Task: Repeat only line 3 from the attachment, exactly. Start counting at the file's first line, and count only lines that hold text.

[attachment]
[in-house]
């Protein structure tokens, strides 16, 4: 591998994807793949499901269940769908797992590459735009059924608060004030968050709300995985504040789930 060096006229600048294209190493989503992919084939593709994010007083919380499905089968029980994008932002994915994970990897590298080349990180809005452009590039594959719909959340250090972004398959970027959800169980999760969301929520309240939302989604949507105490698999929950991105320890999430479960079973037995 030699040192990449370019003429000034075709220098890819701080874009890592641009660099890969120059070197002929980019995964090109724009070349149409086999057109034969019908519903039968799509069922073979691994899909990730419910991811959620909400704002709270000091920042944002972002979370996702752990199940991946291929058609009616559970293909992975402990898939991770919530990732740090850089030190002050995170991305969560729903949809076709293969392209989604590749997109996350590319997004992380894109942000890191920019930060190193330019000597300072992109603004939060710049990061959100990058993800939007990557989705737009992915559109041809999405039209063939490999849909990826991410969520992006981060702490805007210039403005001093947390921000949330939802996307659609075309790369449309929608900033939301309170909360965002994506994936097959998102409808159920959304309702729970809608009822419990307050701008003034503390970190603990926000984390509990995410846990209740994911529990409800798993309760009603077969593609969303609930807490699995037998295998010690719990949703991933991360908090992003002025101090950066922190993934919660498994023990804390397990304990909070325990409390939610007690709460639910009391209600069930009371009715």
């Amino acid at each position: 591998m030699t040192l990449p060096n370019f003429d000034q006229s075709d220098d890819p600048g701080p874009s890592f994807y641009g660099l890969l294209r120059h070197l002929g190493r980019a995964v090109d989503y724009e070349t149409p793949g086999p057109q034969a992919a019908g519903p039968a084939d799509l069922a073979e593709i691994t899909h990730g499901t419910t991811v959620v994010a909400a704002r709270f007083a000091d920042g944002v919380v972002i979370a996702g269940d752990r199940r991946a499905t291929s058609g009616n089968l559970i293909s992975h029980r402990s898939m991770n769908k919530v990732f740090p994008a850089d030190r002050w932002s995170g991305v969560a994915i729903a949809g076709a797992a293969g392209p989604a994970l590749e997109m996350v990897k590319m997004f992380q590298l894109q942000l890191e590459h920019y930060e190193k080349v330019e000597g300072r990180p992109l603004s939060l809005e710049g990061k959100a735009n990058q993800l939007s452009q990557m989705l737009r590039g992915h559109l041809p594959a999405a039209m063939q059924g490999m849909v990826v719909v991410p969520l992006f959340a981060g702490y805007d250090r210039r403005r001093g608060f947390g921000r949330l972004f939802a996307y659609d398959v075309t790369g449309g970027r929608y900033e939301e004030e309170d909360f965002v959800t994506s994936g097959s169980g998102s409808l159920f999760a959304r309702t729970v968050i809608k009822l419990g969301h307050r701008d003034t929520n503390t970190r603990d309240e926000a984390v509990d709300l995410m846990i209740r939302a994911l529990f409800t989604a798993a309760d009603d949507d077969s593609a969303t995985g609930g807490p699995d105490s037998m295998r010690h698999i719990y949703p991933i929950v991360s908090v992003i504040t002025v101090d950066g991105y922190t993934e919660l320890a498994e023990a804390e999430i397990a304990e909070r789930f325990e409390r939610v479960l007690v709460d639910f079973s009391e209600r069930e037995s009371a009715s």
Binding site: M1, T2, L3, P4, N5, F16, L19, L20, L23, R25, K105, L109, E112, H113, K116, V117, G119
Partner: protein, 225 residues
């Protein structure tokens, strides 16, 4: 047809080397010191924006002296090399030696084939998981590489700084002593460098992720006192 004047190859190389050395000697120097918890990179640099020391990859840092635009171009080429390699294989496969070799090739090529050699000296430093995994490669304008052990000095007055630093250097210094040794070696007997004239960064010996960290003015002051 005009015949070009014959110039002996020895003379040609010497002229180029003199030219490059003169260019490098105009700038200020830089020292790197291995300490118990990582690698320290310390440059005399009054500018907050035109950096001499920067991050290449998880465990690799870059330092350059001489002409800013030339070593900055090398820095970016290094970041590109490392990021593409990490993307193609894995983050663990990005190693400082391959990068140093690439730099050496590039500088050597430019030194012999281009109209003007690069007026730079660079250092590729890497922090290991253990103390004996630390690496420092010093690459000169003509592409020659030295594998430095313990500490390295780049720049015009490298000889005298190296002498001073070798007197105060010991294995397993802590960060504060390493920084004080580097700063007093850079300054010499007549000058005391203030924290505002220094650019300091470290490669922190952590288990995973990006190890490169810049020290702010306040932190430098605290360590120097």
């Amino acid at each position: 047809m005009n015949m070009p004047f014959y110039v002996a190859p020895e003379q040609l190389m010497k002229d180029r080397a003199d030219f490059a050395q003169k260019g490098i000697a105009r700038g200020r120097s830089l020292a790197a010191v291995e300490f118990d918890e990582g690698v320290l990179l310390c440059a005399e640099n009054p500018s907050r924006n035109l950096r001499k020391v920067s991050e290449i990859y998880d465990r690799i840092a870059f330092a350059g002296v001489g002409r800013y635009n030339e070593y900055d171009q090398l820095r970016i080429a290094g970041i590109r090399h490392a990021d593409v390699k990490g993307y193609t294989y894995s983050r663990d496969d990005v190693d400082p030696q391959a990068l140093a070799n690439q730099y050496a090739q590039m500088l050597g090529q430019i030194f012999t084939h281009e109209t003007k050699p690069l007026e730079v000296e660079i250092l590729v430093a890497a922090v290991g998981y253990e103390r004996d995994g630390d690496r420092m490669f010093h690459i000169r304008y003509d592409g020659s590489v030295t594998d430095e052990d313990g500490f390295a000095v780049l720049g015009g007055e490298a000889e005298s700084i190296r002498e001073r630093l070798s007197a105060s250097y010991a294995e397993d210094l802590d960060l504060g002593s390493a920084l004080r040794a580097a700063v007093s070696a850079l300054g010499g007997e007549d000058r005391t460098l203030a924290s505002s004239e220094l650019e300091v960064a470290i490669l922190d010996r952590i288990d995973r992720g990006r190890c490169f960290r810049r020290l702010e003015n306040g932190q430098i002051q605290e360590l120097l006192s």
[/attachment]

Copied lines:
């Amino acid at each position: 591998m030699t040192l990449p060096n370019f003429d000034q006229s075709d220098d890819p600048g701080p874009s890592f994807y641009g660099l890969l294209r120059h070197l002929g190493r980019a995964v090109d989503y724009e070349t149409p793949g086999p057109q034969a992919a019908g519903p039968a084939d799509l069922a073979e593709i691994t899909h990730g499901t419910t991811v959620v994010a909400a704002r709270f007083a000091d920042g944002v919380v972002i979370a996702g269940d752990r199940r991946a499905t291929s058609g009616n089968l559970i293909s992975h029980r402990s898939m991770n769908k919530v990732f740090p994008a850089d030190r002050w932002s995170g991305v969560a994915i729903a949809g076709a797992a293969g392209p989604a994970l590749e997109m996350v990897k590319m997004f992380q590298l894109q942000l890191e590459h920019y930060e190193k080349v330019e000597g300072r990180p992109l603004s939060l809005e710049g990061k959100a735009n990058q993800l939007s452009q990557m989705l737009r590039g992915h559109l041809p594959a999405a039209m063939q059924g490999m849909v990826v719909v991410p969520l992006f959340a981060g702490y805007d250090r210039r403005r001093g608060f947390g921000r949330l972004f939802a996307y659609d398959v075309t790369g449309g970027r929608y900033e939301e004030e309170d909360f965002v959800t994506s994936g097959s169980g998102s409808l159920f999760a959304r309702t729970v968050i809608k009822l419990g969301h307050r701008d003034t929520n503390t970190r603990d309240e926000a984390v509990d709300l995410m846990i209740r939302a994911l529990f409800t989604a798993a309760d009603d949507d077969s593609a969303t995985g609930g807490p699995d105490s037998m295998r010690h698999i719990y949703p991933i929950v991360s908090v992003i504040t002025v101090d950066g991105y922190t993934e919660l320890a498994e023990a804390e999430i397990a304990e909070r789930f325990e409390r939610v479960l007690v709460d639910f079973s009391e209600r069930e037995s009371a009715s």